It’s an increasingly crowded market. Hulu, Sling TV, Comcast, Amazon, Movies Anywhere and Disney+ all debuted different co-viewing experiences during 2020. Of particular interest though is Comcast’s livestreaming app for its X1 and Flex services called Watchwith, which not only lets viewers interact, but includes features like Sneak Peek meter, a polling feature that will enable the audience to collectively unlock video clips.
Such gamification feels like an element to these services that could really take them to the next level.
“Co-viewing apps and services are becoming increasingly important, no doubt driven in part by recent pandemic experiences,” commented David Tice, senior consultant to Hub and co-author of the study, in a statement. “Content distributors and streaming services that help enable this behavior will increase their appeal to young adults overall, and in particular young men. This is an important consideration with the advent of fully or partially ad-supported streaming services and the desirability of these key demos to advertisers.”
How Disney’s ‘Black Widow’ shows changes in Hollywood
On July 9, Disney released the long-delayed latest entry into the Marvel Cinematic Universe, Black Widow. Originally slated for a theatrical release date in May 2020, it got pushed back three times in total, but that didn’t stop it quickly becoming the biggest domestic debut of the pandemic era in the US.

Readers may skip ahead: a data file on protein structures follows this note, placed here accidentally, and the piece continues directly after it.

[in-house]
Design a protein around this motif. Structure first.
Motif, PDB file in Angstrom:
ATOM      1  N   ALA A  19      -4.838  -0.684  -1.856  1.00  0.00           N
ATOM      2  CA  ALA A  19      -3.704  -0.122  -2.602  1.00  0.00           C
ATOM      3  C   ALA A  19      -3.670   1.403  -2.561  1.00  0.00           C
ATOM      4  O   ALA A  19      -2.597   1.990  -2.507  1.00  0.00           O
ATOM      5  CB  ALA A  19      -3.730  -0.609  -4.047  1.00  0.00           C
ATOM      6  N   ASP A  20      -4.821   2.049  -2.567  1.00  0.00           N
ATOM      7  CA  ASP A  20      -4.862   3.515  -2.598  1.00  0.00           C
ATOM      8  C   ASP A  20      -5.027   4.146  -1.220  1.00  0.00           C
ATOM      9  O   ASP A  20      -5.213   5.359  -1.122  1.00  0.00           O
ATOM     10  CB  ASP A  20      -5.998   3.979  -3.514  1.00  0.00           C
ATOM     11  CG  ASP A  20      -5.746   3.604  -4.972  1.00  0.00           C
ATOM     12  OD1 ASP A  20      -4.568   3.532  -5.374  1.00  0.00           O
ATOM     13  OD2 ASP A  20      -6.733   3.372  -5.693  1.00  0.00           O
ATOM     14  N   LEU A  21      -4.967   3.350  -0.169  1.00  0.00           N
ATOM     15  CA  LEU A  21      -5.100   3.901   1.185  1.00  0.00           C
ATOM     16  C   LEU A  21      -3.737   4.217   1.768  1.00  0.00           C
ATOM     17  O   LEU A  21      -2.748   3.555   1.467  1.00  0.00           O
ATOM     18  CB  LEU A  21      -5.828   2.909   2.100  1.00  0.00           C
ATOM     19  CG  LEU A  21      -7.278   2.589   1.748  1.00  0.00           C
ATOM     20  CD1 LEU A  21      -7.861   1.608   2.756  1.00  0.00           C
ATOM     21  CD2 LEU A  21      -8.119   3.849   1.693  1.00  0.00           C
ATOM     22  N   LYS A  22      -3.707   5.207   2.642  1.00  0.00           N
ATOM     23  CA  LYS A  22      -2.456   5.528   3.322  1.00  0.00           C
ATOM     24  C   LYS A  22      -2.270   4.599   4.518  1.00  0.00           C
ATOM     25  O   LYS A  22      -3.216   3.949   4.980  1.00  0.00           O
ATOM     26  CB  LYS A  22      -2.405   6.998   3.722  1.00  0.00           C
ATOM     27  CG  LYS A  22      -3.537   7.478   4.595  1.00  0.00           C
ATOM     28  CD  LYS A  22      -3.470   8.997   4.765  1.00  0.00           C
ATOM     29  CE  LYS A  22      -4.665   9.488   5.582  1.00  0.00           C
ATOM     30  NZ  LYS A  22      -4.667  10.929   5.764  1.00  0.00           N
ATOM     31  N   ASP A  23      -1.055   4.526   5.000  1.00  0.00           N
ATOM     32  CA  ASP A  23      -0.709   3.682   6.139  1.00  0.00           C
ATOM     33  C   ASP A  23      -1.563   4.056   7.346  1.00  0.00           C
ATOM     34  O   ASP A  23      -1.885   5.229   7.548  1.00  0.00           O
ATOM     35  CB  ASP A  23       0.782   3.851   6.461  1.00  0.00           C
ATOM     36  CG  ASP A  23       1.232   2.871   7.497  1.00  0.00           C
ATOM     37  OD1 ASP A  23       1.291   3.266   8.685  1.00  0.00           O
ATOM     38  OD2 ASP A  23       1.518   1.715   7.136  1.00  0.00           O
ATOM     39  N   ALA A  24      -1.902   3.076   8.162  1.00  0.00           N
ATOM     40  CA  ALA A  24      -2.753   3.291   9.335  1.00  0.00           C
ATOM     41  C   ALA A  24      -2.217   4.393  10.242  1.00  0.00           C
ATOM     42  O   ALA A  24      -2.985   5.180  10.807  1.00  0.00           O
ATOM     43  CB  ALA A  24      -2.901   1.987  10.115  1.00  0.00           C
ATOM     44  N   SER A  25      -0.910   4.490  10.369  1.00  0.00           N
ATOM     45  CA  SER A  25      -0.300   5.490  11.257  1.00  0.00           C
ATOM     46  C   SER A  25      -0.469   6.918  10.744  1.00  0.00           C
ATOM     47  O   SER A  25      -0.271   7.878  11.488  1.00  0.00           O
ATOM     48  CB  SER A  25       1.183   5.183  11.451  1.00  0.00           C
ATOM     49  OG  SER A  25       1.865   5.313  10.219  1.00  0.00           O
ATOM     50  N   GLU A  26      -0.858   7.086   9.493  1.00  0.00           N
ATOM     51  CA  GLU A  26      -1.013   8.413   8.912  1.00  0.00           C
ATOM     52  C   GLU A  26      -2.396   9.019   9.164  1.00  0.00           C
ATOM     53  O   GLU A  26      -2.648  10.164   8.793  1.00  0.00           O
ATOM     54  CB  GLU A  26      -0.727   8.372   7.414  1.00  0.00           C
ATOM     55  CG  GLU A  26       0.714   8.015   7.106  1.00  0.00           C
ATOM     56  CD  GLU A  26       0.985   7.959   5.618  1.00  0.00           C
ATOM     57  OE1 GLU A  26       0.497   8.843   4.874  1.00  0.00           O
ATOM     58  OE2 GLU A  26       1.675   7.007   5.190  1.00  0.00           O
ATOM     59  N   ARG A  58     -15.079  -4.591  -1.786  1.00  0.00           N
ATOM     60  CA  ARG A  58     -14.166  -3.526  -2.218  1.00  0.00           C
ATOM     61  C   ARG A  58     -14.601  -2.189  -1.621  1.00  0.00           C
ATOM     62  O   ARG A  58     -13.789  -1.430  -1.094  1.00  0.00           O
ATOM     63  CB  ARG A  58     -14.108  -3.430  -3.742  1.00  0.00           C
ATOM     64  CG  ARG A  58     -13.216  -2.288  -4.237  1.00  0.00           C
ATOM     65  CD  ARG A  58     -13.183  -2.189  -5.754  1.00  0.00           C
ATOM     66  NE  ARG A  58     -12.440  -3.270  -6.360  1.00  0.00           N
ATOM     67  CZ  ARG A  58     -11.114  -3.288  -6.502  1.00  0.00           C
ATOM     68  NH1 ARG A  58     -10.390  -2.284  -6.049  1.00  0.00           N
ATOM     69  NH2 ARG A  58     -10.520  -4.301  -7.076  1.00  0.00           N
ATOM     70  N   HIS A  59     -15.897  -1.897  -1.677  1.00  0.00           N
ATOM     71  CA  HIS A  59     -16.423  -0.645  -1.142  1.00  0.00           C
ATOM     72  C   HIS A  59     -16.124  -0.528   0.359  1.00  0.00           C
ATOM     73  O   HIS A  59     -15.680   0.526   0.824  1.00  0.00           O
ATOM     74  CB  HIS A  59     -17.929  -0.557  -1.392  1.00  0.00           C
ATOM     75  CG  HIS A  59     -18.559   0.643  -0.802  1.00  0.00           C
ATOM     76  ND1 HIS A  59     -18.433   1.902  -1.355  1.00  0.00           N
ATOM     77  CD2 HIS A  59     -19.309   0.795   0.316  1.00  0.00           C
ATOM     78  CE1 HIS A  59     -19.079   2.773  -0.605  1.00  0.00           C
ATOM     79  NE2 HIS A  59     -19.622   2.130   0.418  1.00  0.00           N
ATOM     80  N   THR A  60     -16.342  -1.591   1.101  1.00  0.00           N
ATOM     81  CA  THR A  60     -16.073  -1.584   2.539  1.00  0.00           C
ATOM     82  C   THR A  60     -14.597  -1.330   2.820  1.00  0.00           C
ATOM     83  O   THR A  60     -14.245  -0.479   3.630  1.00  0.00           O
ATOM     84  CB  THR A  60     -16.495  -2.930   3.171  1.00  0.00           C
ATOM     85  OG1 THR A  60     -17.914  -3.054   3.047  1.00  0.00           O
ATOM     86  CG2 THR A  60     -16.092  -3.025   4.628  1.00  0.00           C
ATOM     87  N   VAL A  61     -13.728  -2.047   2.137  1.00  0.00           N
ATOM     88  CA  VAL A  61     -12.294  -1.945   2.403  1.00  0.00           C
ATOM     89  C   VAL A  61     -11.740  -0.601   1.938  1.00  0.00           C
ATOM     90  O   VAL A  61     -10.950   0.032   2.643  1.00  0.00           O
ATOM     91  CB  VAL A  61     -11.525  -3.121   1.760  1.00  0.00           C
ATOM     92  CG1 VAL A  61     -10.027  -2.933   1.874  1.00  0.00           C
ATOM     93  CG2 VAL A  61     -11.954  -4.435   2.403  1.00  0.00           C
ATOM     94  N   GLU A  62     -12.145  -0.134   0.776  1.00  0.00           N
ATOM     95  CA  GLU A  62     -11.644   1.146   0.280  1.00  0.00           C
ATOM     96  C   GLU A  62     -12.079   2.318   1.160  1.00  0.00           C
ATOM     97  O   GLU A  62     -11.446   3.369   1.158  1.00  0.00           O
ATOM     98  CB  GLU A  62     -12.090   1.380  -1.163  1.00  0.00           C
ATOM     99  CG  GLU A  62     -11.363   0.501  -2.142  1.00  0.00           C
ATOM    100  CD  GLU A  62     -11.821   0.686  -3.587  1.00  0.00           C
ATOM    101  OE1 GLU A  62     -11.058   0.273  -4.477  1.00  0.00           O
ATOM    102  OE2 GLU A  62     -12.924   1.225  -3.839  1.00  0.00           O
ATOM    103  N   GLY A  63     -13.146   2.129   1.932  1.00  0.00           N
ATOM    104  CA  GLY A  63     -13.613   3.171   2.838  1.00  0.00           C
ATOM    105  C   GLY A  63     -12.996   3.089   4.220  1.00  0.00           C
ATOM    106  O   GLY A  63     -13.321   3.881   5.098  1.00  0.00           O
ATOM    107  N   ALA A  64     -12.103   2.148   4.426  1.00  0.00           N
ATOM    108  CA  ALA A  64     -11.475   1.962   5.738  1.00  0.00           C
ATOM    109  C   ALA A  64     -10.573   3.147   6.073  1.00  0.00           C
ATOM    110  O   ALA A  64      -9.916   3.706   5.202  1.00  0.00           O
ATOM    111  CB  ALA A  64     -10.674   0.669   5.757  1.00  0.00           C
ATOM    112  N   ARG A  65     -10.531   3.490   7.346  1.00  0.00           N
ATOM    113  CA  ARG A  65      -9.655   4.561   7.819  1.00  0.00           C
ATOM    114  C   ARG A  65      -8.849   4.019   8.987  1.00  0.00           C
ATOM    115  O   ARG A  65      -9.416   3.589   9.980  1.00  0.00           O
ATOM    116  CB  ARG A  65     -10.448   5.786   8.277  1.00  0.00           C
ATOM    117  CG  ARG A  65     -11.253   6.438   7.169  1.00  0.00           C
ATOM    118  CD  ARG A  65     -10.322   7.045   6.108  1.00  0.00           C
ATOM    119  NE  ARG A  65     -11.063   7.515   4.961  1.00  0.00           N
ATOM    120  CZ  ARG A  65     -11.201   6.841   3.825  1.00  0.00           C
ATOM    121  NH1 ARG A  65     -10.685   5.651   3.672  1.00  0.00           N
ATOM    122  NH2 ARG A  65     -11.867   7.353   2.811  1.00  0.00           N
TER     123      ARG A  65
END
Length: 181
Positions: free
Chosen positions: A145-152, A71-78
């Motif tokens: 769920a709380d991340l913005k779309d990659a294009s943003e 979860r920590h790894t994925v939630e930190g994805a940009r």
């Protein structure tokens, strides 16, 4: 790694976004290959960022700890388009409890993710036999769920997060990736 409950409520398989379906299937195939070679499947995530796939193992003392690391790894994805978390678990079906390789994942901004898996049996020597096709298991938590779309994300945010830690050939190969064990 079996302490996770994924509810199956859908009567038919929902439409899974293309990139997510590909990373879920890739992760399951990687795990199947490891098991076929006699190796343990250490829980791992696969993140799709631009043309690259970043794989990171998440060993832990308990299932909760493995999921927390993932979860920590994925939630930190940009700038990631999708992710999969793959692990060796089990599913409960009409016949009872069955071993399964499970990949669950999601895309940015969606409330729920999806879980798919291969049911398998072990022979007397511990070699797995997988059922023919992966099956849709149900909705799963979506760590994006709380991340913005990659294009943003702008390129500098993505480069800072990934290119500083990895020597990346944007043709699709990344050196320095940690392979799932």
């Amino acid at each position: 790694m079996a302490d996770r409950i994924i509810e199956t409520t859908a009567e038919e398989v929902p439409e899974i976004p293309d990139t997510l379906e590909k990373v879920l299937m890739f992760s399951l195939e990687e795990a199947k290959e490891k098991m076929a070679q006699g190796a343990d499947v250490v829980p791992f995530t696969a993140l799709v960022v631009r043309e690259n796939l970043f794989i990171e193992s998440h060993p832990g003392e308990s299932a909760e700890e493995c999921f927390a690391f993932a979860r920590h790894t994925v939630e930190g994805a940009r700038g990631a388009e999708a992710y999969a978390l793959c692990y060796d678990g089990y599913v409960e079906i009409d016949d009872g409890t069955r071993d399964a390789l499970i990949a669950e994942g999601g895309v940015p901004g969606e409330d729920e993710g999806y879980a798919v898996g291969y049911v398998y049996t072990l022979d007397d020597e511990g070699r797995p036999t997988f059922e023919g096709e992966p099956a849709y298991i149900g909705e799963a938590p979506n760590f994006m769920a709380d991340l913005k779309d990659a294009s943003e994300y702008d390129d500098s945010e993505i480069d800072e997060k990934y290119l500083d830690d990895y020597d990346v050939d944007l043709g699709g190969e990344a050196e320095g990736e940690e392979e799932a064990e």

Helped by at least a partial reopening of US theatres, it took $80m in its opening box office week in the US, and roughly the same in the global market. Perhaps more interestingly, it also took $60m online as part of a simultaneous PVOD release on Disney+. And it is this that has Hollywood concerned.
Its the first time that any of the big studios have talked numbers since the success of Trolls World Tour last year. Black Widow cost $30 a time to watch, which means that 2 million Disney households paid for a movie they will be able to watch as part of their sub come October. And while that is only 2% of its 100 million strong subscriber base, as The Hollywood Reporter points out, Disney keep 100% of that money whereas it has to split its box-office receipts with cinema chains.
There are positives and negatives for Disney here. On the downside it looks like the movie underperformed; it was on target for $90m to $100m at the box-office but audiences fell away steeply, presumably because of the watch at home option. On the upside it gained a significant amount of new sign-ups specifically to watch it, not all of whom are going to churn away straight away. And following the announcement of its figures the company’s stock jumped 4% while theater stocks dipped across the board.
The big question is how will this shake out once the pandemic is over and box office is back to normal. The expectation is that the big studios will reinstate the release window as online releases effectively cannibalise their own audiences and there are legitimate concerns about both content piracy and password sharing. However, the 90-day release window of the past is gone, with 45 days looking like being the new normal, shrinking to 31 days or even 17 for some titles.